Her (Savoy 16 IMAX and Carmike 13): A film about a man named Theodore Twamly who purchases a new operating system for his computer. A system that also learns while it works with you and has thoughts and feelings of its own.
Why to Watch: I know a lot of people define this film as “that movie where the guy falls in love with his computer.” This is not a film about love; it’s about what it means to feel when you’ve spent months ignoring the world around you. Spike Jonze has always been a very visual filmmaker. Take a look at his directing filmography for reference, and you’ll understand why I say this. Jonze is especially adept at creating worlds that seem like they could be a parallel version of or a commentary on our own society. Joaquin Phoenix does a terrific job as Theodore in this near future version of earth, showcasing all of what he doesn’t feel and how his OS Samantha makes him come alive and be adventurous. While Scarlett Johansson voices Samantha in the film and does a fantastic job acting without any of the film’s footage to guide her, the real credit should go to actress Samantha Morton (who was originally chosen to voice Samantha). Though she was replaced in post-production by Johansson, Morton was on set with Phoenix every day of shooting and acted as Samantha during the film. This simple act by Morton has provided Phoenix with his most honest and accessible performance to date, and he excels in a film that could have easily been cliché. Ultimately, this film is attempting to show the audience where our constant consumerism-related actions and dependency on technology for companionship can lead us. While I would never want to live in the future presented in this film, I have happily revisited its environment several times attempting to learn not only from Theodore Twamly but also Samantha.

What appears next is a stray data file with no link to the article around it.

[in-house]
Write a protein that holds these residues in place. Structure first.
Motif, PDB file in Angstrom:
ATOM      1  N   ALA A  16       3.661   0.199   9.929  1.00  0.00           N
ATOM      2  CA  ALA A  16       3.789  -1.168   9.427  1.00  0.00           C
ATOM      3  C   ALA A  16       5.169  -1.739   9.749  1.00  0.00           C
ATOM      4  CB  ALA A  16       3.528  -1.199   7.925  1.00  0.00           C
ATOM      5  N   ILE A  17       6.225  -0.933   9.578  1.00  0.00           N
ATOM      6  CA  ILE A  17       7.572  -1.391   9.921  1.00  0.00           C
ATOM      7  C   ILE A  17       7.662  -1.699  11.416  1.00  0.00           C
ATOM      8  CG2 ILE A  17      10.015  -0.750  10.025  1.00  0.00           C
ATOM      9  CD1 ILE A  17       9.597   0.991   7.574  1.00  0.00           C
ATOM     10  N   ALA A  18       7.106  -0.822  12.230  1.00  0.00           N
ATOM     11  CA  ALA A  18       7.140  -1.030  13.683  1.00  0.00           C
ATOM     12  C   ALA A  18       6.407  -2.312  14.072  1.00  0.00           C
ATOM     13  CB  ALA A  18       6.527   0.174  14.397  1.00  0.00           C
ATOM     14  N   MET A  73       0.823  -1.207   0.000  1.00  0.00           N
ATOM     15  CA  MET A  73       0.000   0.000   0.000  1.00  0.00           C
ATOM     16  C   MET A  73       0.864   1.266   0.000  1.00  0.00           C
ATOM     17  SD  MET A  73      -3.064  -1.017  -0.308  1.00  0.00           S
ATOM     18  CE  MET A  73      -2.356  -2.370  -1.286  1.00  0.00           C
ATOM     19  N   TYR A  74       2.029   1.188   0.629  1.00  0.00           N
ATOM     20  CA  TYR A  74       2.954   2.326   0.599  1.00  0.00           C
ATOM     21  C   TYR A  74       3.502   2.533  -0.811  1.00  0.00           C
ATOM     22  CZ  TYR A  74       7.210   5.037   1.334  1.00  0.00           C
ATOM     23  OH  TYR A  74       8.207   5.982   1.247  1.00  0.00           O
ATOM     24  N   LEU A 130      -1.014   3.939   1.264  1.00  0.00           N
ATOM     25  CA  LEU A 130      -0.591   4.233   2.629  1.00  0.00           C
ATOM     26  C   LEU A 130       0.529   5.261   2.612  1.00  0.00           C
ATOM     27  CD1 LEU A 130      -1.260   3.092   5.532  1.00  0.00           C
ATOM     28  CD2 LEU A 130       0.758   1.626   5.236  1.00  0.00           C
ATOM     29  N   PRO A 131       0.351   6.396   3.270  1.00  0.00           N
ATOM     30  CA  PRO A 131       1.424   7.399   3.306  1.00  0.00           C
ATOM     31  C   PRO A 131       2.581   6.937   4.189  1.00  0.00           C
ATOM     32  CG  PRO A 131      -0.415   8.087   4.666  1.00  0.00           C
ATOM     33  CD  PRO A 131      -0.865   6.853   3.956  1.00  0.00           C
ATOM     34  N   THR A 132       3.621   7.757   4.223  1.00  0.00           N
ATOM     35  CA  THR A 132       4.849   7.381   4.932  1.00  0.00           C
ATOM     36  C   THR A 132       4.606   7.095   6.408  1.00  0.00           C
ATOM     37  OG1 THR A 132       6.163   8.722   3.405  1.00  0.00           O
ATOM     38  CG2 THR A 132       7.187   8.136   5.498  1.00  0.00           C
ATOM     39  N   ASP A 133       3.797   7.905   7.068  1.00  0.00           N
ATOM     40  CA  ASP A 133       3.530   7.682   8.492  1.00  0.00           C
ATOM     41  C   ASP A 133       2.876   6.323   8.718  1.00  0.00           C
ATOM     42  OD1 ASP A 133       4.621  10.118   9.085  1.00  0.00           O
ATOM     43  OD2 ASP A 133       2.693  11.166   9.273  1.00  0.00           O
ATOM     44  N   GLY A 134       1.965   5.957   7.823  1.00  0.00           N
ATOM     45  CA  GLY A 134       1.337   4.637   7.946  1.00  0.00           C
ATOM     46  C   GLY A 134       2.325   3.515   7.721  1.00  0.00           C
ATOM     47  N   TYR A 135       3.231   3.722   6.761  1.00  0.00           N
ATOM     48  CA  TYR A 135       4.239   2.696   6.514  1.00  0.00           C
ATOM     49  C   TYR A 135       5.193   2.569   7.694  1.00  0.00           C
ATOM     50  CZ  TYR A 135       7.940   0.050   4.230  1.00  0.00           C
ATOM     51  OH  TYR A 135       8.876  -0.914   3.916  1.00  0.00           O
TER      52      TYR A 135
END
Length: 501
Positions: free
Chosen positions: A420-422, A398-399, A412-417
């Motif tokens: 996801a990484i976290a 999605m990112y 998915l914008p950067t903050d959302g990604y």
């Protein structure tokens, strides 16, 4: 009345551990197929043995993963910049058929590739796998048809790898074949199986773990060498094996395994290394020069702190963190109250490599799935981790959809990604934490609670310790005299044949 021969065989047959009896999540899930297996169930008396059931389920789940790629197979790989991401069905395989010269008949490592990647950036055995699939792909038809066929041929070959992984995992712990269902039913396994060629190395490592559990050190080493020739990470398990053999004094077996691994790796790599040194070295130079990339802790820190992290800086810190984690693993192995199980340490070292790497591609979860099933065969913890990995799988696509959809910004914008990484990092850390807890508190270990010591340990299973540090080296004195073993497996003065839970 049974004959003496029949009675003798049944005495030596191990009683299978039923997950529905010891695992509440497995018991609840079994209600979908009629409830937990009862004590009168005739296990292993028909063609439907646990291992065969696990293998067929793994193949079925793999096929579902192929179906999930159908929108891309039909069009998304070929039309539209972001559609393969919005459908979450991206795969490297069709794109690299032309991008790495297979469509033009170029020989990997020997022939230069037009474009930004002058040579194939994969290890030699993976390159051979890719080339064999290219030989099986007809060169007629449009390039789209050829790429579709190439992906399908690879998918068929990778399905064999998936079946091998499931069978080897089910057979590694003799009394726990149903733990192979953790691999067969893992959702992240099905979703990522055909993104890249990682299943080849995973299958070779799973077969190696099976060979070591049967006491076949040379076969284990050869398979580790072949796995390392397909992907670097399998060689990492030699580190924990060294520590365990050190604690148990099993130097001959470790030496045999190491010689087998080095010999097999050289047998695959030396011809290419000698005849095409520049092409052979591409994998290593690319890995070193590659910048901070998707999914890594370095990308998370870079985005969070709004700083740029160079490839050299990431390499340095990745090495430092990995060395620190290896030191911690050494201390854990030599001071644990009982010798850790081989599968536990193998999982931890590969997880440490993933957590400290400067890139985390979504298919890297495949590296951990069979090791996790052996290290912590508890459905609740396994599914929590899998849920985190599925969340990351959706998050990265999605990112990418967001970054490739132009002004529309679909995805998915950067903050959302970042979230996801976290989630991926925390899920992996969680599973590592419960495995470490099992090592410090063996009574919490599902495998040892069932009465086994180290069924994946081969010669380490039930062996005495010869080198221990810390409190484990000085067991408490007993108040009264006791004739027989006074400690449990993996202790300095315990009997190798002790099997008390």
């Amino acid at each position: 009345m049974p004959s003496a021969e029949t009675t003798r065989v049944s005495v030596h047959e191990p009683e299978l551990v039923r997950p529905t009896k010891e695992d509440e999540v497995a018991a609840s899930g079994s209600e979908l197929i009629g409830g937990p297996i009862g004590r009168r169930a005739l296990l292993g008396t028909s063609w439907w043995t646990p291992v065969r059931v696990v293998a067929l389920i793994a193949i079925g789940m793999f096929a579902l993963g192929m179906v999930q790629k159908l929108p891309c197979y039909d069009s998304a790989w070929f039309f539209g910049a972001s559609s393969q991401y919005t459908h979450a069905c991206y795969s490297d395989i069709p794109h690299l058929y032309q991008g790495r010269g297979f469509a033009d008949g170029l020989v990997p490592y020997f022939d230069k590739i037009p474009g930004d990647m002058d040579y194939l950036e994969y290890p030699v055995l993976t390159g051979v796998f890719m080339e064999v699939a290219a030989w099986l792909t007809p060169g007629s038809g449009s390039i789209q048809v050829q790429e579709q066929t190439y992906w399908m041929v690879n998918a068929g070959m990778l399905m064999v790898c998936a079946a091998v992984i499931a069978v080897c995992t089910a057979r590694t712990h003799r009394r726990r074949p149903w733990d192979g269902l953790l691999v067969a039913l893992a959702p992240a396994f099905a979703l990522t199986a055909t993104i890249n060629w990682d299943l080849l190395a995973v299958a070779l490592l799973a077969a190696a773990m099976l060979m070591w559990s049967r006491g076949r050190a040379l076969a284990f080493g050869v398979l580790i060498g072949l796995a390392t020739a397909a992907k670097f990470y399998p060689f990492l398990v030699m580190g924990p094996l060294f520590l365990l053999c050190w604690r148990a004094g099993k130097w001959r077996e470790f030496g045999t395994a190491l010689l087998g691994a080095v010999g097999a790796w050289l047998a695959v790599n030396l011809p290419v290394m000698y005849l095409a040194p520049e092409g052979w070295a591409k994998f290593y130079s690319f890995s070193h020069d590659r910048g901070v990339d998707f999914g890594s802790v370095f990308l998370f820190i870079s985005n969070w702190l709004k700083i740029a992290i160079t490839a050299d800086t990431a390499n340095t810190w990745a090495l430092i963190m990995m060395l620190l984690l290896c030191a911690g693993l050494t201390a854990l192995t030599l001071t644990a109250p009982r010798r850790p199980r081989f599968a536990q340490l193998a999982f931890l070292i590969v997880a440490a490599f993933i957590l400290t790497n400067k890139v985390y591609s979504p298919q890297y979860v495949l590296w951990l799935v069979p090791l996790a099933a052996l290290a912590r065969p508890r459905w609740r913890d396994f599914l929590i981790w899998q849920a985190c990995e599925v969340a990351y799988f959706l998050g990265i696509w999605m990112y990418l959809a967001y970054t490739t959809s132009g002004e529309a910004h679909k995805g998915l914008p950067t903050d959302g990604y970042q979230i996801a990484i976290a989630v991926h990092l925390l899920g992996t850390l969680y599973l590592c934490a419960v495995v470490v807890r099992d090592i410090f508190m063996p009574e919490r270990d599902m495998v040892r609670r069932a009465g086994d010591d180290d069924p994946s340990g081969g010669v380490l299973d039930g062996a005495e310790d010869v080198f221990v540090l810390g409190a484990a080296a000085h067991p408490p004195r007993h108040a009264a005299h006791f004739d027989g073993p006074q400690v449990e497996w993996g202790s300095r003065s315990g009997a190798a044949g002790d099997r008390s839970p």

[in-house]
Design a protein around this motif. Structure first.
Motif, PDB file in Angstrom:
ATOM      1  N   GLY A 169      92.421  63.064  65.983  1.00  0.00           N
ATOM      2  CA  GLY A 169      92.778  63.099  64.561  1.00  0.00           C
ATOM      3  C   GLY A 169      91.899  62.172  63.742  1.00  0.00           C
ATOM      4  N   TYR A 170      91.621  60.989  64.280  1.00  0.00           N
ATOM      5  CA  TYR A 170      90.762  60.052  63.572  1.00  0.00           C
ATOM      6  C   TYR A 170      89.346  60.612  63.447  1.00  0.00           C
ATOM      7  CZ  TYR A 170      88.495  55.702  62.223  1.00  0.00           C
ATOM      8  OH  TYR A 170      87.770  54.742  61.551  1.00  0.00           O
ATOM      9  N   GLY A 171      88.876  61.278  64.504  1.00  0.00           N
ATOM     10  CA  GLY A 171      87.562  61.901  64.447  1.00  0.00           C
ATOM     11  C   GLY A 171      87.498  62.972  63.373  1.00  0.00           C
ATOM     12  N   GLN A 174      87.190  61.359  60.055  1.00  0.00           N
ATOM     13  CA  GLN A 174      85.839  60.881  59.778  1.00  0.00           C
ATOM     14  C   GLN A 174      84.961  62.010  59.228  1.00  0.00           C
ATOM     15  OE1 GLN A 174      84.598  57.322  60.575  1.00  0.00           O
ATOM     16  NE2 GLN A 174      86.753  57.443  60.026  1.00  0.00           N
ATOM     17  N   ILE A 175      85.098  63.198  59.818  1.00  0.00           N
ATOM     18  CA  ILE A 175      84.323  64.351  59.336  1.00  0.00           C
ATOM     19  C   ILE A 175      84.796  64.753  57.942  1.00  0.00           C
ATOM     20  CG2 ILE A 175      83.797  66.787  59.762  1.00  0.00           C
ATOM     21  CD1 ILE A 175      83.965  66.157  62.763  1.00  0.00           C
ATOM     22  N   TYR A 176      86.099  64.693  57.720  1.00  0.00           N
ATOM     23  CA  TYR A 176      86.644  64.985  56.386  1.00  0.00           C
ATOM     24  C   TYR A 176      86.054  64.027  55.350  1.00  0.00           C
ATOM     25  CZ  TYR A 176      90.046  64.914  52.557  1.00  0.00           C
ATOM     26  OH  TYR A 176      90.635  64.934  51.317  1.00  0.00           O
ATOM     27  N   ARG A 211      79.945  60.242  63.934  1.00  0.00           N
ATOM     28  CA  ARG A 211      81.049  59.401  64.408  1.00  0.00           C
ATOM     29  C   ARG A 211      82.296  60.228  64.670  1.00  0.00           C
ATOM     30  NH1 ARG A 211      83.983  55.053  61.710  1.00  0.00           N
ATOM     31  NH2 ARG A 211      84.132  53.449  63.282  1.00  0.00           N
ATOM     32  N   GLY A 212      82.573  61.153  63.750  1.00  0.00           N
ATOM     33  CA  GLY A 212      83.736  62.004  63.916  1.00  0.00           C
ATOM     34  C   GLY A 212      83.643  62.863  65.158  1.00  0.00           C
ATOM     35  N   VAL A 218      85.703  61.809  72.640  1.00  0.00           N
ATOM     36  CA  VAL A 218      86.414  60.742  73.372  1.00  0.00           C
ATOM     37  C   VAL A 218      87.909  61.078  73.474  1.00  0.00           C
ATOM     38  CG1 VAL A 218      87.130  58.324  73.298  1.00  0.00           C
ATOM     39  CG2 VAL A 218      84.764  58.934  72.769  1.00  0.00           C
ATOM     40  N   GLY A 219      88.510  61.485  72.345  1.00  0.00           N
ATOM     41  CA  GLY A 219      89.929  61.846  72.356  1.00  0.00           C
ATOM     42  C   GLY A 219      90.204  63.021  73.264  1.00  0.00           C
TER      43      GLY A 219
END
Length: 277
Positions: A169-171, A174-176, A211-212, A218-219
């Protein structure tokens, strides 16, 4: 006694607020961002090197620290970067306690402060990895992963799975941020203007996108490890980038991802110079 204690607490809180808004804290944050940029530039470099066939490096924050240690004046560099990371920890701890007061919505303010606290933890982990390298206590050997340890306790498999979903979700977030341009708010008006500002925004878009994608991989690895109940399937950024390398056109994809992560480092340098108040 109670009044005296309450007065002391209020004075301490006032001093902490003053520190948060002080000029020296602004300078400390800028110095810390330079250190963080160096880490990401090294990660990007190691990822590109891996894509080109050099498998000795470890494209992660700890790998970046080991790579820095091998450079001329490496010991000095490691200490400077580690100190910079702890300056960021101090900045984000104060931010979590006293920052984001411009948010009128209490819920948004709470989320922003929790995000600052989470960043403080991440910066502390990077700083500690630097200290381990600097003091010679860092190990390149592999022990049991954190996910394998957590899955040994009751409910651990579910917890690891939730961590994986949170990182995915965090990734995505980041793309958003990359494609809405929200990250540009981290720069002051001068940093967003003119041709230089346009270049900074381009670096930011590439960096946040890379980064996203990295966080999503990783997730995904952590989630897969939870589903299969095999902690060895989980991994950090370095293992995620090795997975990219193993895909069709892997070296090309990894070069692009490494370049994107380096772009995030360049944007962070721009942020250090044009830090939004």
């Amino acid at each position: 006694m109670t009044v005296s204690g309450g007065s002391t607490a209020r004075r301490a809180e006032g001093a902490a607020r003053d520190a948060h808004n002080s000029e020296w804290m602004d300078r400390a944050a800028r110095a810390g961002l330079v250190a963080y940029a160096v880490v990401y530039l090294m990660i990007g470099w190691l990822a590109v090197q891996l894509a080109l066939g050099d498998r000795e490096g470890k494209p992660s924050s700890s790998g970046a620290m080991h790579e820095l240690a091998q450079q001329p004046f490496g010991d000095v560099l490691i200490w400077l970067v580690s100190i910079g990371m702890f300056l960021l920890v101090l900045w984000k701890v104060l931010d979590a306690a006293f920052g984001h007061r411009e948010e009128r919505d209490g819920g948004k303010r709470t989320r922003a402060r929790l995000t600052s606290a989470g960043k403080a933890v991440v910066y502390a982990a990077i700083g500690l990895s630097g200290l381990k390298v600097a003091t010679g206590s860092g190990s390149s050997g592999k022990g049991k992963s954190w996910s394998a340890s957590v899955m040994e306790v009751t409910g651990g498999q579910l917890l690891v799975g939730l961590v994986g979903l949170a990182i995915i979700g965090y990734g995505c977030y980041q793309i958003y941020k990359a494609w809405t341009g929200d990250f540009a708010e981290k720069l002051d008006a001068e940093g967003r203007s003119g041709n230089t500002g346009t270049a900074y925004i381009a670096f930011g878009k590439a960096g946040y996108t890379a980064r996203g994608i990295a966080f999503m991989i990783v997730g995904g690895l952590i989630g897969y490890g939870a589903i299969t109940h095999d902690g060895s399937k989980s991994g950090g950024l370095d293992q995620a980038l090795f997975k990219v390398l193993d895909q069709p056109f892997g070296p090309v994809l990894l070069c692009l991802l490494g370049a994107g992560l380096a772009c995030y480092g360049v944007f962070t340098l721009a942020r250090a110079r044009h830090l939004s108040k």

Nebraska (Savoy 16): Woody Grant (Bruce Dern) was told he won a sweepstakes and has to go from Montana to Nebraska to collect his winnings. Woody’s son (Will Forte) agrees to drive his aging father to collect the winnings even though he suspects there isn’t money to receive.
Why to Watch: Nebraska is a film that is funny in an awkward way. Characters in this Alexander Payne feature feel very natural. The relationship between a father who made mistakes in the past and his son who is desperately trying not to repeat them is some of the most heartwarming film writing I have witnessed in the past year. Dern’s Woody is a marvel. Not only is he a cantankerous old coot who only wants things to go his way, but he’s also a man with a lot of regrets and pain that are clarified as the film moves along on its deliberately slow pace. I found myself completely engrossed in the lives of these people. I love the melancholy nature of this film, which isn’t about how relationships define a person’s life but rather about building a relationship where it hadn’t existed in someone’s life.